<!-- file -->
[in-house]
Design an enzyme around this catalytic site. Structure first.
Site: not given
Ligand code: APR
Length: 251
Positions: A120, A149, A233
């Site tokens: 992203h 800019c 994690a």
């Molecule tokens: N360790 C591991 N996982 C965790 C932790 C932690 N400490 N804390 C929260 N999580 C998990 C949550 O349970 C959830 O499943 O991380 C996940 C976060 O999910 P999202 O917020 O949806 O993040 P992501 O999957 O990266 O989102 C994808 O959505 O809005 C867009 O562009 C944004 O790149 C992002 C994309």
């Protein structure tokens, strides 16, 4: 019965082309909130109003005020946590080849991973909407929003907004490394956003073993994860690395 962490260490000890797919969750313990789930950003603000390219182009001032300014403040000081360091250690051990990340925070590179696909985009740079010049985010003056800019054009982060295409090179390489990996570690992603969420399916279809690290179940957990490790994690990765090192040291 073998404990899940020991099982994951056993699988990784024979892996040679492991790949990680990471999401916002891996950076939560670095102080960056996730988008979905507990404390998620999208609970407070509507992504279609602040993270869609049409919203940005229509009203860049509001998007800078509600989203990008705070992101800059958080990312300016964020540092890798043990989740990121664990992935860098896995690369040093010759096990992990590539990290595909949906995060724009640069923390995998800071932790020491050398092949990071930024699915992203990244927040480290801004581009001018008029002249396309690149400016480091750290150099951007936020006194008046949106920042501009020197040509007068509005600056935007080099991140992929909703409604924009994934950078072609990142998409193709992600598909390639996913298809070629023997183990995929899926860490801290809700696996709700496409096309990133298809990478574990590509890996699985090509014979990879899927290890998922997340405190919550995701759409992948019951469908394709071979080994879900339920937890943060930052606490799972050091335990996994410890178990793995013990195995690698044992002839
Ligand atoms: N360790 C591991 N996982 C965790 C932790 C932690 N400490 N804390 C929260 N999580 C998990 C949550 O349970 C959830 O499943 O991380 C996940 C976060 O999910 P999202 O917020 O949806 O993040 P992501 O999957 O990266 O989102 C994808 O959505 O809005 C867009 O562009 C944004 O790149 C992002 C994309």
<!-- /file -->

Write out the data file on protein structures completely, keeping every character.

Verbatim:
[in-house]
Design an enzyme around this catalytic site. Structure first.
Site: not given
Ligand code: APR
Length: 251
Positions: A120, A149, A233
């Site tokens: 992203h 800019c 994690a």
């Molecule tokens: N360790 C591991 N996982 C965790 C932790 C932690 N400490 N804390 C929260 N999580 C998990 C949550 O349970 C959830 O499943 O991380 C996940 C976060 O999910 P999202 O917020 O949806 O993040 P992501 O999957 O990266 O989102 C994808 O959505 O809005 C867009 O562009 C944004 O790149 C992002 C994309």
């Protein structure tokens, strides 16, 4: 019965082309909130109003005020946590080849991973909407929003907004490394956003073993994860690395 962490260490000890797919969750313990789930950003603000390219182009001032300014403040000081360091250690051990990340925070590179696909985009740079010049985010003056800019054009982060295409090179390489990996570690992603969420399916279809690290179940957990490790994690990765090192040291 073998404990899940020991099982994951056993699988990784024979892996040679492991790949990680990471999401916002891996950076939560670095102080960056996730988008979905507990404390998620999208609970407070509507992504279609602040993270869609049409919203940005229509009203860049509001998007800078509600989203990008705070992101800059958080990312300016964020540092890798043990989740990121664990992935860098896995690369040093010759096990992990590539990290595909949906995060724009640069923390995998800071932790020491050398092949990071930024699915992203990244927040480290801004581009001018008029002249396309690149400016480091750290150099951007936020006194008046949106920042501009020197040509007068509005600056935007080099991140992929909703409604924009994934950078072609990142998409193709992600598909390639996913298809070629023997183990995929899926860490801290809700696996709700496409096309990133298809990478574990590509890996699985090509014979990879899927290890998922997340405190919550995701759409992948019951469908394709071979080994879900339920937890943060930052606490799972050091335990996994410890178990793995013990195995690698044992002839
Ligand atoms: N360790 C591991 N996982 C965790 C932790 C932690 N400490 N804390 C929260 N999580 C998990 C949550 O349970 C959830 O499943 O991380 C996940 C976060 O999910 P999202 O917020 O949806 O993040 P992501 O999957 O990266 O989102 C994808 O959505 O809005 C867009 O562009 C944004 O790149 C992002 C994309």